Some of you here present are special witnesses of this grace, for you have yourself experienced redemption from these iniquities. Look back some four years with some of you and recollect how different were your surroundings THEN to what they are NOW. Mayhap four years ago you were in the tap-room singing the song of the drunkard as readily as any; but a little while ago you cursed that Saviour whom now you love. Only a few months have flitted over your head since you ran with the multitude to do evil; but now, “WHO maketh thee to differ?” “WHO hath brought this miracle of grace. WHO has led you to the stool of the penitent and the table of communion, WHO hath done it? Beloved, you are not slow to answer, for the verdict of your heart is undivided; you do not give the glory in part to man and in part to God.

No, you cry loudly in your hearts, “Blessed be the God and Father of our Lord Jesus Christ, which according to his abundant mercy hath begotten us again unto a lively hope by the resurrection of Jesus Christ from the dead.” Ye are washed, ye are sanctified, and ye have been washed in the Redeemer’s blood, and sanctified with the Spirit.


And what upholds the rest of us from being what these my reclaimed brethren once were, and what they will become again unless saving grace keeps them? What preserves the preacher this day from being a lecturer to Infidels, dishonoring the grace of God which now he glories to magnify? What prevents the deacon from being an assistant in the courts of Satan? What forbids those who open the doors at the house of our God, and who serve him on the Sabbath-day, from being door-keepers in the tents of the sons of Belial? Why NOTHING; they had been there unless grace had prevented them. GRACE HATH DONE IT, AND NOTHING ELSE!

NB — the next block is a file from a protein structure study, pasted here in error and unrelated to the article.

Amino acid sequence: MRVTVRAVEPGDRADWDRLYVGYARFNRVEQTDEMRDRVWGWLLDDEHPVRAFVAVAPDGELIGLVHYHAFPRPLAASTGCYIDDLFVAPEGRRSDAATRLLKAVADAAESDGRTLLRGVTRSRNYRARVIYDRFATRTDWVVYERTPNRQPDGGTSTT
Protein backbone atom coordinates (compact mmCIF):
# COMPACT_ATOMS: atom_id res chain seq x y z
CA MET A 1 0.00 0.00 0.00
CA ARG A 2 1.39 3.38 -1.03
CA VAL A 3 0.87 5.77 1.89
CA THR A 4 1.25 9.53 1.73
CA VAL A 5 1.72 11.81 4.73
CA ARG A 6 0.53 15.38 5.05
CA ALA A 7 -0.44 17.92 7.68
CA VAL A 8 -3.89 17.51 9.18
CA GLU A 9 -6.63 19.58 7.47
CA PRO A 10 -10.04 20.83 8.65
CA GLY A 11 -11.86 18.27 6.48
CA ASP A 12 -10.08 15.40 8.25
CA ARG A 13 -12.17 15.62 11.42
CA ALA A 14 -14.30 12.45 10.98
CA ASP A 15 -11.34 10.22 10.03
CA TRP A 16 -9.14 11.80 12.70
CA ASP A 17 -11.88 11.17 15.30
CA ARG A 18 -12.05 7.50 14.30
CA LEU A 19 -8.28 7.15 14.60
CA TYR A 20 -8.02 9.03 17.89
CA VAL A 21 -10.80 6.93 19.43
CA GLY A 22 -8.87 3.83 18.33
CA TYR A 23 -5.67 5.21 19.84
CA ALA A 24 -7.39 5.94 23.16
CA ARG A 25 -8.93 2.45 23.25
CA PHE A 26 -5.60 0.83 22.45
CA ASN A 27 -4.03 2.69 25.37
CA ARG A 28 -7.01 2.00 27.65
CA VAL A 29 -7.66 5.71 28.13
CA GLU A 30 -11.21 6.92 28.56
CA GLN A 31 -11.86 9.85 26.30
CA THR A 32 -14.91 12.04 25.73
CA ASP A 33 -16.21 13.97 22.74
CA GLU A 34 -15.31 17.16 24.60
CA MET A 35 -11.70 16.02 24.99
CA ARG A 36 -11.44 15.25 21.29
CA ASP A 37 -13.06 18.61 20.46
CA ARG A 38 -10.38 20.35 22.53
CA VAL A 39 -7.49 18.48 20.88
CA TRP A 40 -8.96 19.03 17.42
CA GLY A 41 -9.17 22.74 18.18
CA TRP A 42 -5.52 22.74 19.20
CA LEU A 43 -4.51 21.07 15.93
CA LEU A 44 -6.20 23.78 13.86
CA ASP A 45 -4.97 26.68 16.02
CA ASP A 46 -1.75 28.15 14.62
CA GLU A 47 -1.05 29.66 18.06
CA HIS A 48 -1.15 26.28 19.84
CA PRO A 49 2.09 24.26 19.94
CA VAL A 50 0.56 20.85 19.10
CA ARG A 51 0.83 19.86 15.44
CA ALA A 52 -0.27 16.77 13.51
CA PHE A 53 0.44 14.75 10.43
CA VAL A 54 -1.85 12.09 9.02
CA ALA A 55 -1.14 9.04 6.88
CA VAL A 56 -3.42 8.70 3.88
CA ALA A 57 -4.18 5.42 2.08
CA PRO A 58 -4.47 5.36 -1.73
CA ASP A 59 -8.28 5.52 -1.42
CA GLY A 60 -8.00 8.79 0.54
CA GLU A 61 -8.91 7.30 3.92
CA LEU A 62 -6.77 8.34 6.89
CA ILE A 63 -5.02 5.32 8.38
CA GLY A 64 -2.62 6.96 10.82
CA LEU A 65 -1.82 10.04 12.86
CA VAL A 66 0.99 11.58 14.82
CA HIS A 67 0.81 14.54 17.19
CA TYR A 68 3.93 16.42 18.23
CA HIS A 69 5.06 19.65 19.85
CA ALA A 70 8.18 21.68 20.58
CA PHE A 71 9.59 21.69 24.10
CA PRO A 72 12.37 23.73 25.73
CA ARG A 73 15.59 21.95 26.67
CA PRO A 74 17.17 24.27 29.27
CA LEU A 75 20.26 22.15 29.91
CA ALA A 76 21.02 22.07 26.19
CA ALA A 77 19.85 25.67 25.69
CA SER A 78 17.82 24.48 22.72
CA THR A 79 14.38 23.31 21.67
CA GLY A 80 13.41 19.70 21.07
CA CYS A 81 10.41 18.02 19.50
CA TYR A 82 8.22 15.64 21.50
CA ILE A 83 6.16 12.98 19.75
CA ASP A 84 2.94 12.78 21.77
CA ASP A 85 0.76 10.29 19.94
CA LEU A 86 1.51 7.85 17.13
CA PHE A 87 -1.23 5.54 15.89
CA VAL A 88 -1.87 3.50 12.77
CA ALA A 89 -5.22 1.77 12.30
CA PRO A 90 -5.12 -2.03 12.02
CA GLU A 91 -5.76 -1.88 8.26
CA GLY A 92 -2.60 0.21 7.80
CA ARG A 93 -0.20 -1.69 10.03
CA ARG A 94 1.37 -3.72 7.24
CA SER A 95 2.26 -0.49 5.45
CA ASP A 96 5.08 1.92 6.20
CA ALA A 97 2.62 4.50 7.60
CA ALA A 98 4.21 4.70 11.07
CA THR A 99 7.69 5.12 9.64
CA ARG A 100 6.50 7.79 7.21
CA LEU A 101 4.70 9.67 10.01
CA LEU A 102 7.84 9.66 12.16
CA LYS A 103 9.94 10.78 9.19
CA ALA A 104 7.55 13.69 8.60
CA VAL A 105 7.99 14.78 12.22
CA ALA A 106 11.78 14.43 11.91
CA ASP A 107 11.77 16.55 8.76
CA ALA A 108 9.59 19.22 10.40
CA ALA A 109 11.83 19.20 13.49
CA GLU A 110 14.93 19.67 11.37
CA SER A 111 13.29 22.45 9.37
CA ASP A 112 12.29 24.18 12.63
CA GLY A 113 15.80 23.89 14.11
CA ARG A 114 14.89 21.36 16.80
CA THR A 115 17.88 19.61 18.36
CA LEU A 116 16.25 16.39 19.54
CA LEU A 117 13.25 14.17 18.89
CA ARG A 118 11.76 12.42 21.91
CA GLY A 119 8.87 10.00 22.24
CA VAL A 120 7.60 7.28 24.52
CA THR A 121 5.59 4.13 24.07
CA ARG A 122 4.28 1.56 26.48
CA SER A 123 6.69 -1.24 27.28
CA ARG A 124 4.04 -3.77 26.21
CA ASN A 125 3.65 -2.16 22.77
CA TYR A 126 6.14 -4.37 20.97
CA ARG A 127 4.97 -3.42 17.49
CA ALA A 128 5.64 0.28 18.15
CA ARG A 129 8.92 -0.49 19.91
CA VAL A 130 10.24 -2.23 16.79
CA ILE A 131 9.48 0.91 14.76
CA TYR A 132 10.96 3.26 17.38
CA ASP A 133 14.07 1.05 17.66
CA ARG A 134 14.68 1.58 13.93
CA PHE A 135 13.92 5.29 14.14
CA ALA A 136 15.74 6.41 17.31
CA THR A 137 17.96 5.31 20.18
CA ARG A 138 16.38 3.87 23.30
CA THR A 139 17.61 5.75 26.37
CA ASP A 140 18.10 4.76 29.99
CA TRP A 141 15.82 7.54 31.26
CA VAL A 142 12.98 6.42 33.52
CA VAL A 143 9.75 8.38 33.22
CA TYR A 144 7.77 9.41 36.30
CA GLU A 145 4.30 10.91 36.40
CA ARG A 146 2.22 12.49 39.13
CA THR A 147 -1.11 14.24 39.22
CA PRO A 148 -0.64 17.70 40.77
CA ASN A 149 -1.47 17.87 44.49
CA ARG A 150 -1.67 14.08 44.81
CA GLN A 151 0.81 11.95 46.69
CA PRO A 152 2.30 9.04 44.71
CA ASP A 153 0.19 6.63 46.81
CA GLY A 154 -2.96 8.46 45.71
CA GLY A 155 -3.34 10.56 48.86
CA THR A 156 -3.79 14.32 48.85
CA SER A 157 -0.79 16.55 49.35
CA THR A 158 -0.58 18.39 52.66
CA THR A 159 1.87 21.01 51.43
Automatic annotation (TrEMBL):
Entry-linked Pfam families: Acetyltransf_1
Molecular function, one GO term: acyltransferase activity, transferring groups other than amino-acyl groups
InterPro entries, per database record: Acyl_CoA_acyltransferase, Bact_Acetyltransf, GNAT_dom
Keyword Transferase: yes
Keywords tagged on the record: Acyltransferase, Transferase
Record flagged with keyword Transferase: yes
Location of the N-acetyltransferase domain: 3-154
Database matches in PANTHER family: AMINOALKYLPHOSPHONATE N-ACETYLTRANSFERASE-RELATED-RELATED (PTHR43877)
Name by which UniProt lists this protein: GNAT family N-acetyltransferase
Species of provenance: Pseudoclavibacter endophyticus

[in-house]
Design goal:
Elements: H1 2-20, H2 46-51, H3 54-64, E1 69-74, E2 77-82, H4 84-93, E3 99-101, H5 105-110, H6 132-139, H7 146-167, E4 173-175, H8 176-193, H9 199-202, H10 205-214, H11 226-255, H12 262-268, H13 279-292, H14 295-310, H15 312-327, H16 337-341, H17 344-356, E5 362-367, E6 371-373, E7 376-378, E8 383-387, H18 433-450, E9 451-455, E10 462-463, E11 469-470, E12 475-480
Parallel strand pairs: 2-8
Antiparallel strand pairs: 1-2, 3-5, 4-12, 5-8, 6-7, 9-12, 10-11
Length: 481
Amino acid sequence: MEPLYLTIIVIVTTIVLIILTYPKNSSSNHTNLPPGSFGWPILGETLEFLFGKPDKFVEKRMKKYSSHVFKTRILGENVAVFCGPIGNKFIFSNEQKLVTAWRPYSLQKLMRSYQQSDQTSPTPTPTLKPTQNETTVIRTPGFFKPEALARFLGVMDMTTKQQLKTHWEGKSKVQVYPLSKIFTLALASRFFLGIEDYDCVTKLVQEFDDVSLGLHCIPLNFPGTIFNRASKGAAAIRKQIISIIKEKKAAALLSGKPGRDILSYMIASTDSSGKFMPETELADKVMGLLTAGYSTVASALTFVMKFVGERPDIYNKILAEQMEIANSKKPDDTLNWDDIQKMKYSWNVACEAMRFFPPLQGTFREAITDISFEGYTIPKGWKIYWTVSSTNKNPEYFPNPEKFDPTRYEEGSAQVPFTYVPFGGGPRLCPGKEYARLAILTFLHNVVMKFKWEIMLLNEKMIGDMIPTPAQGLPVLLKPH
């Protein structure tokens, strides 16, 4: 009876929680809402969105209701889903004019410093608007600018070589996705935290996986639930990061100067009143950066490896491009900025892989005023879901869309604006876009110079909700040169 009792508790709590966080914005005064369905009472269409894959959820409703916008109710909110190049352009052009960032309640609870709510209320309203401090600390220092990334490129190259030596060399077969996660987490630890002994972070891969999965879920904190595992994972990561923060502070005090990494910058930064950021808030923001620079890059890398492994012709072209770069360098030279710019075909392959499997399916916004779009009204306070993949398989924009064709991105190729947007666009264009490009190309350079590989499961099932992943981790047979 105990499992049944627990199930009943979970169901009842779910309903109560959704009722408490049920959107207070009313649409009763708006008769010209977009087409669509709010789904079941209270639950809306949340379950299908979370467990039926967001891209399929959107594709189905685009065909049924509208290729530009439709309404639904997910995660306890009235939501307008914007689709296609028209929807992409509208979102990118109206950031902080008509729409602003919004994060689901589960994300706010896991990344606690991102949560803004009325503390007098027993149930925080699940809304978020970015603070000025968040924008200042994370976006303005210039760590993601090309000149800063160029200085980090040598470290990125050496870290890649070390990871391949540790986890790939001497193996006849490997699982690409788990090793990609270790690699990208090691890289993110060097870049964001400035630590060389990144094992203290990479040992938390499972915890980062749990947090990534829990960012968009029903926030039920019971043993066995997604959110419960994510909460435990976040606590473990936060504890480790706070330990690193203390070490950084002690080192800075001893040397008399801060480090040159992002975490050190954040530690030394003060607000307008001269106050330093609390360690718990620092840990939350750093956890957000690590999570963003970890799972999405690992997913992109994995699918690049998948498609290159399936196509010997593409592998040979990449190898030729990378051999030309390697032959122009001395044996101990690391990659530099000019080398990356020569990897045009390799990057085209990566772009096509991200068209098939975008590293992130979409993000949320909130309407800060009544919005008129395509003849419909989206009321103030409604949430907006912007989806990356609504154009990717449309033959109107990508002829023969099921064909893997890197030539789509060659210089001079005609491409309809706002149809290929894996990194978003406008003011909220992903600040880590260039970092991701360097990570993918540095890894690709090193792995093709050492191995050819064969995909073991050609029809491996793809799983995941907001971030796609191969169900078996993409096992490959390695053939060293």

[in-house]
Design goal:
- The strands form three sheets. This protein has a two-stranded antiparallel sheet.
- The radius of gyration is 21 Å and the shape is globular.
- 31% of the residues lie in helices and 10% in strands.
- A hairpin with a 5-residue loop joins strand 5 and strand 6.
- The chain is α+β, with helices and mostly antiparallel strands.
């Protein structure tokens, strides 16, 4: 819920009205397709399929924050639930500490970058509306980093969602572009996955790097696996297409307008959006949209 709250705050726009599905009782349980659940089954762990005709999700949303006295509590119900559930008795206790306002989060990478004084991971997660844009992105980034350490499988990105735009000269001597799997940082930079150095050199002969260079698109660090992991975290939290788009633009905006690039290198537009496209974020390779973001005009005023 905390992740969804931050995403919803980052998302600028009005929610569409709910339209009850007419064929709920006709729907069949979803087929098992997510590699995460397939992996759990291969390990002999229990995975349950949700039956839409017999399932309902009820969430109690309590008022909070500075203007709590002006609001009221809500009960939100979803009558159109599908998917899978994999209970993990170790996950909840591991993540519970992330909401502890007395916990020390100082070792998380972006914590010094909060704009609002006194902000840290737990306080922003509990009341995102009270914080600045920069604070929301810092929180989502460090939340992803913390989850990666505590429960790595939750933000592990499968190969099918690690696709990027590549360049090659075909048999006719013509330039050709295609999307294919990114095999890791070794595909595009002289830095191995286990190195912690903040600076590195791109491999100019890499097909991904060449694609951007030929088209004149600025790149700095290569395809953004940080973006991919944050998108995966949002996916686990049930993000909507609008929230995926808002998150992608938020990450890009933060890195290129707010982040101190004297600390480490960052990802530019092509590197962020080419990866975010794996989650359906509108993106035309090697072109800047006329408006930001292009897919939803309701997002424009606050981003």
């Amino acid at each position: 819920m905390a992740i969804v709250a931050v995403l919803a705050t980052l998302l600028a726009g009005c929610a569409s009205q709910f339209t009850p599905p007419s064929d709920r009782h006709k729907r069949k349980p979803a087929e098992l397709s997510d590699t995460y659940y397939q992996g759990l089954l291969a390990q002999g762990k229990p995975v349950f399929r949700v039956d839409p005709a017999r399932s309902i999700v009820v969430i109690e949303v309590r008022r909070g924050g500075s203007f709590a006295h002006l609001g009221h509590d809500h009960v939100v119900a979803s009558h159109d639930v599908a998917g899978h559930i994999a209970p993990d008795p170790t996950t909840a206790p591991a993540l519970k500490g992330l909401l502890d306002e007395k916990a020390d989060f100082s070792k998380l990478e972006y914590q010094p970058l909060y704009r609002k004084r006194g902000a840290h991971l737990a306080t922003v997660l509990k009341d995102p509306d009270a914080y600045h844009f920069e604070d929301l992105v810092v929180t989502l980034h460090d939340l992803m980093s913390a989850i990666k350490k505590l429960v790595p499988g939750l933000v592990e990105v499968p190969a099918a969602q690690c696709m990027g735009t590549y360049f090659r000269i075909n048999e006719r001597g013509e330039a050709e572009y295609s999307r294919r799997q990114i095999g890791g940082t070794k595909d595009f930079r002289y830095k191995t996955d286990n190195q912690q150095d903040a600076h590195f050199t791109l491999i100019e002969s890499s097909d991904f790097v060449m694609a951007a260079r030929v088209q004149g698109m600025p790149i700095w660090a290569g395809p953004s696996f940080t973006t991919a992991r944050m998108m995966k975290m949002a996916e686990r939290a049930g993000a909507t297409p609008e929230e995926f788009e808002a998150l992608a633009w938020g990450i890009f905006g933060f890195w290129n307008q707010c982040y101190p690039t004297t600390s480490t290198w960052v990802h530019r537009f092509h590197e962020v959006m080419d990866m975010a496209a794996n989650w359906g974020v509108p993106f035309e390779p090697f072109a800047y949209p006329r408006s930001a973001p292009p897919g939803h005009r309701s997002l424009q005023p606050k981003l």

When we pass a prostitute in the street, we say, “O poor creature! I can pity you. I have not a harsh word for you, for I had been as you are had not God preserved me.” And when you see the reeling drunkard, be not too hasty to condemn, recollect you had been as a beast before God unless the Lord had kept you, and when ye hear the oath and shudder at it, imagine not that you are superior in yourself to the man who curses God, for perhaps you once cursed him too; and certainly you would have done had not the Holy Spirit sanctified you and implanted in you a hatred of that which the wicked so greedily follow. Have you seen a man hanged for murder? Have you seen another transported for the most infamous of crimes? If you hear of one who sins against society so foully that mankind excommunicate him, pause, and say, “Oh! but I should have gone as low as that, I should have been as black as he, unless restraining grace had kept me back in my unregeneracy, and unless constraining grace had pushed me forward in the heavenly race, ever since I have known the will of Jesus.”